4 Ways to Deal with Wedding Stress

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4 Ways to Deal with Wedding Stress
Getting married should be fun! With these tips it'll be a stress-free affair.

By Elysa Ross for GalTime

 

working through wedding problems

When I was planning my wedding, I had a recurring nightmare. It was the big day and I was wearing my beautiful white wedding gown...  and then I tripped down the stairs and broke my nose. Not only did I have a cast on my nose (!) while walking down the aisle-- but my gown was all stained with blood. Thankfully, it was only a bad dream.

Many soon-to-be brides feel start feeling stress about their wedding as soon as Mr. Right slips that engagement ring on their finger. It's not about getting cold feet, but rather all the details and potential issues that arise while putting together a wedding. This anxiety can cause strange dreams, panic attacks, loss or increase of appetite, restlessness and much more. Here are some strategies for working through wedding-related stress.

1. Communicate. Communication is key, and is good practice for marriage. For example, when dealing with an over (or underinvolved) fiance, know that emotions are running high and good communication goes a long way. When you are in a calm and non-reactive mood, talk to your soon-to-be spouse, address what is causing your frustration and calmly explain how you feel and what your needs and hopes are. If you have a hard time with a face to face discussion, simply write him a brief letter. Stick to the facts, don’t insult  and don’t blame. Keep it short and to the point and wrap up your presentation telling him how much you love and appreciate him.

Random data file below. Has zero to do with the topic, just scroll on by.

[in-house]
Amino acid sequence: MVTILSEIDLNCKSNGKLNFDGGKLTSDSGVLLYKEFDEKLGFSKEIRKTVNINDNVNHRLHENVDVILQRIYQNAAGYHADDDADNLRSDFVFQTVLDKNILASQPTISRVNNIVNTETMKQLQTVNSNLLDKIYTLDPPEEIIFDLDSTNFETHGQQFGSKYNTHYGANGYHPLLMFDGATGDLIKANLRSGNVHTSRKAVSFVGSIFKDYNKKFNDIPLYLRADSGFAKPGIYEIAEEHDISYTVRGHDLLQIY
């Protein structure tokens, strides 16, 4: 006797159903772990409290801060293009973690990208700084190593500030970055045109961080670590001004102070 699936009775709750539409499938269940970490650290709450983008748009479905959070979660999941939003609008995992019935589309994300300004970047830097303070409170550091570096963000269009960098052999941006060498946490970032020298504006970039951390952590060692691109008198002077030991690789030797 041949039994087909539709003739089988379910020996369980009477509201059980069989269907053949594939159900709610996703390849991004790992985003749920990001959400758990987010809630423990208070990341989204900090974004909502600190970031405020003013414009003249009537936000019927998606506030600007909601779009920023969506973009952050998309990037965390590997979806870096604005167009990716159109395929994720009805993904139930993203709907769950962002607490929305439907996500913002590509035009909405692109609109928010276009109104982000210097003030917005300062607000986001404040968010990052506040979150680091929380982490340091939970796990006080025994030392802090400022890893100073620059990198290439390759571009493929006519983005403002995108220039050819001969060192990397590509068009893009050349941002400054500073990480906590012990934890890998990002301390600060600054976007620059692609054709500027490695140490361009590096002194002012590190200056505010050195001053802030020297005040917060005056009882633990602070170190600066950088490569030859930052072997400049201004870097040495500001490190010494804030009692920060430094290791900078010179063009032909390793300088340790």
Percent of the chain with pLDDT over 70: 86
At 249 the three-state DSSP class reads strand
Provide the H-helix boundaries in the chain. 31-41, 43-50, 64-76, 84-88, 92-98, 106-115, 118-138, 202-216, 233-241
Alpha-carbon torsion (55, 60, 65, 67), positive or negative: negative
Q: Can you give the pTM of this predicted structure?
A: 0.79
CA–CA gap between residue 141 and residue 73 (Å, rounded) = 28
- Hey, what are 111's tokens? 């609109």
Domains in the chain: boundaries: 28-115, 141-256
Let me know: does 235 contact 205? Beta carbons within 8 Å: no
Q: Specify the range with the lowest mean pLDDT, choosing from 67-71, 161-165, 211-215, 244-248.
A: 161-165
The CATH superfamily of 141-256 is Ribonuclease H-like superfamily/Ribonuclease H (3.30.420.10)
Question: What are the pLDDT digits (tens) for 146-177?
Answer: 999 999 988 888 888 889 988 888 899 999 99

Related: 6 Ways to Keep the Romance Alive While Planning a Wedding

2. Talk to a Friend. Have a “Bitch Session” with your best-friend. Bitch Sessions have a short time limit and are reciprocal. Allow yourself 15 minutes to complain about your wedding related issue and then another 15 minutes to listen to your friend’s complaints. Then switch to light or humorous topics, ending your time together on a happy note. You'll both feel better and get your mind off your own troubles for awhile.

3. Seek Professional Help. If you’re truly overwhelmed, go to professional counseling or meet with a clergy member. There is nothing wrong with having a neutral person who is trained and objective, support you and give solid, workable solutions. Some couples even elect to go for couples therapy simply as a training exercise. Evolving from “single” to “couple” is a transition and becoming better educated on how to approach new territory is never a bad idea. 

This article was originally published at . Reprinted with permission.
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